The number of house sales in Dumfries and Galloway has fallen while rising considerably in the rest of Scotland.
House sales have soared to their highest volume since 2008, according to official data.
Figures from Registers of Scotland (RoS) show the volume of residential sales north of the border rose 14.5% in the third quarter of 2015-16 compared to the same period the previous year.
A total of 28,779 properties were registered between October and December - the highest volume of sales for any three-month period since the first quarter of 2008-09.
Average residential property prices also rose to £167,734 in October to December 2015, up 1.6% on the same quarter in 2014.
Kenny Crawford, commercial services director at RoS, said: “Combined, this indicates a more robust and active property market.”
Regionally, the highest percentage rise in sales was recorded in Midlothian, with an annual increase of just over 30% to 539 residential sales compared with the same quarter in 2014.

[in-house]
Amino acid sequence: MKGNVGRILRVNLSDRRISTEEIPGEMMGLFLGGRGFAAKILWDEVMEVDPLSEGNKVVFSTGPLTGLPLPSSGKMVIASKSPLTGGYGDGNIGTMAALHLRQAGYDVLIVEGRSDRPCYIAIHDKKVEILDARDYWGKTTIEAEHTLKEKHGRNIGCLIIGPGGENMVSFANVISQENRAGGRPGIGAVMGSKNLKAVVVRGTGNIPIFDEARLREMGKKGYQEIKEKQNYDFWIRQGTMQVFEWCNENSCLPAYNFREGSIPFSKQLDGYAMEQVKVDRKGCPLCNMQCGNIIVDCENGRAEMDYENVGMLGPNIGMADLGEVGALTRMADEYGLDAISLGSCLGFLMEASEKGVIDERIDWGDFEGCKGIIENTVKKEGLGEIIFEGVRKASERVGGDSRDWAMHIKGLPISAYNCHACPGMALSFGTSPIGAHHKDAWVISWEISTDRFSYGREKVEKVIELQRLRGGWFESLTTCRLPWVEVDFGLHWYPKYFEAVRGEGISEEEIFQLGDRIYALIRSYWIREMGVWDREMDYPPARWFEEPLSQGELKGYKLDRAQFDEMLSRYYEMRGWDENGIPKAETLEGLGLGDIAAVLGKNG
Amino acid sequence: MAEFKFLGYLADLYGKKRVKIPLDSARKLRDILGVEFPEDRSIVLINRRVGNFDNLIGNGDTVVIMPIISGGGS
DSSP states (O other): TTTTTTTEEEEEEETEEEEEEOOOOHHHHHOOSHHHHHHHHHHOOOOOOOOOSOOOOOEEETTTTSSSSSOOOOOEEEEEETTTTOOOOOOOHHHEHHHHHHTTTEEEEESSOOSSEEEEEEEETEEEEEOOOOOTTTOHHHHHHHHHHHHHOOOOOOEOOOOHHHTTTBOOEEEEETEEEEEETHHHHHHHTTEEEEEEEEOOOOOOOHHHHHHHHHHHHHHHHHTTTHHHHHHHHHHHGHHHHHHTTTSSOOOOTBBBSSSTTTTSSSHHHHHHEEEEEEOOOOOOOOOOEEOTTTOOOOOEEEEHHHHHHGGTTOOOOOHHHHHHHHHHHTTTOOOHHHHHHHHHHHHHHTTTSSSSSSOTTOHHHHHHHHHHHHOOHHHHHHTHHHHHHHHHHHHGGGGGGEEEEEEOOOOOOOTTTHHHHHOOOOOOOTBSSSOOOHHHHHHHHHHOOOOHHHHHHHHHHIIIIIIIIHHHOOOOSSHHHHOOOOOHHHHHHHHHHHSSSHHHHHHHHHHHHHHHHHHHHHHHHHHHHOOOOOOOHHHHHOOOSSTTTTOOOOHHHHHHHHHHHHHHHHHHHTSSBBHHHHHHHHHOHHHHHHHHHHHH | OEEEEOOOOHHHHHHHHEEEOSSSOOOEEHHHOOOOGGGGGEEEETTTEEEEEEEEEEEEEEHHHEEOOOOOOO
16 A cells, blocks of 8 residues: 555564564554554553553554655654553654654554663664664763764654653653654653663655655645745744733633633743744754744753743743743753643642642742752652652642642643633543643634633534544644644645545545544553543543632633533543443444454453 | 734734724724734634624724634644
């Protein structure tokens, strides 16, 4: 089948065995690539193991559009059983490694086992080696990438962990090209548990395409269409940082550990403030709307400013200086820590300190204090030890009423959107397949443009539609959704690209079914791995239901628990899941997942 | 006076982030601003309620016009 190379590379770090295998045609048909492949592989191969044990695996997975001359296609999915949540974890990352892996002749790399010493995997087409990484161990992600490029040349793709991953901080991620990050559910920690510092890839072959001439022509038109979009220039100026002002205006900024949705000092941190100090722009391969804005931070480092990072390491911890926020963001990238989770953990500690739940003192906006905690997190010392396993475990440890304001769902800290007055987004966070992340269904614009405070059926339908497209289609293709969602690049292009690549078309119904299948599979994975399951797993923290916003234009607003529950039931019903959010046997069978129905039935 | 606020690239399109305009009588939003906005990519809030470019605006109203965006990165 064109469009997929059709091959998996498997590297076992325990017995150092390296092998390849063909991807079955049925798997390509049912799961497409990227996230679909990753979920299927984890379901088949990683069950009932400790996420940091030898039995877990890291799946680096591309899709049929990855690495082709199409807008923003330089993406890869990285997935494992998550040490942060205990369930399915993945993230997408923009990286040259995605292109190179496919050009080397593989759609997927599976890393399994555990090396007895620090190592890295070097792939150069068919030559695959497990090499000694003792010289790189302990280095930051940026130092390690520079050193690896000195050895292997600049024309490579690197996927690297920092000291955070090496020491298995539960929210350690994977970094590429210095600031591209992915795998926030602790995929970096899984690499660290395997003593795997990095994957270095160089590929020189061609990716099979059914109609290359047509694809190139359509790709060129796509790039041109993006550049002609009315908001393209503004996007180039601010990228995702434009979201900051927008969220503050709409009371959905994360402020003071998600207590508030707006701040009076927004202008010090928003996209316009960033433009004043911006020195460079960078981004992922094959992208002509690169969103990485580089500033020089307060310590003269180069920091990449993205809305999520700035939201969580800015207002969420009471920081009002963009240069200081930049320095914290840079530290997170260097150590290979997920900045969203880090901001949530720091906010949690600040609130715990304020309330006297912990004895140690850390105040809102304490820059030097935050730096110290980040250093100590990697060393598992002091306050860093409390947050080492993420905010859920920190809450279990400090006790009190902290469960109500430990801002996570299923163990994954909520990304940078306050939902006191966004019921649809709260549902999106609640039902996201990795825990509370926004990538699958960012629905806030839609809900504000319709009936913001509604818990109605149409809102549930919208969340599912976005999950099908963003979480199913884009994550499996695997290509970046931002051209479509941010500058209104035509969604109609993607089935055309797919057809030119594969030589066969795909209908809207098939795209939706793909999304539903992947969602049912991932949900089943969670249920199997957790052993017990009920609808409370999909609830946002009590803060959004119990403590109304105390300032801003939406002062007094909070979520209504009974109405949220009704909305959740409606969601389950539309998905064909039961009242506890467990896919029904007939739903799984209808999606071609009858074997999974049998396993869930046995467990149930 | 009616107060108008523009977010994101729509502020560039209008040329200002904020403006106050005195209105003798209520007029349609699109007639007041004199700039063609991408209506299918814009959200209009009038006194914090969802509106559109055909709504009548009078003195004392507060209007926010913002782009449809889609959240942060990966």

Edinburgh recorded the highest volume of sales at 3,532, up 21.4% in the same period.
The largest percentage drop in sales volume was in Aberdeen, which experienced a fall of 12% to 1,274 residential sales.
In terms of price, the highest percentage rise was in Inverclyde, where prices climbed around 13% in a year to £132,382.
Edinburgh held the highest average at £233,255, a rise of 3.2% on the previous year.
The largest percentage fall on the mainland was in Dumfries and Galloway, which had a drop of nearly 10% to an average price of £130,275.
The total value of sales across Scotland registered between October and December increased by more than 16% to just under £4.83 billion.
This represents the highest value of sales for any quarter since the first quarter of 2008-09, RoS said.
Bob Fraser, senior property partner at solicitor estate agents Aberdein Considine, said: “The third quarter is usually the busiest and therefore accurately reflects the property market.
“The increase in activity is very encouraging and shows the continued recovery in the general Scottish market.
“Edinburgh continues to improve while areas such as East Ayrshire show a dramatic increase in values indicating a wider geographic spread in activity.”
Michelle Grant, investment director at Grant Property, said: “Today’s figures are a real indication of the buoyancy of the property market.”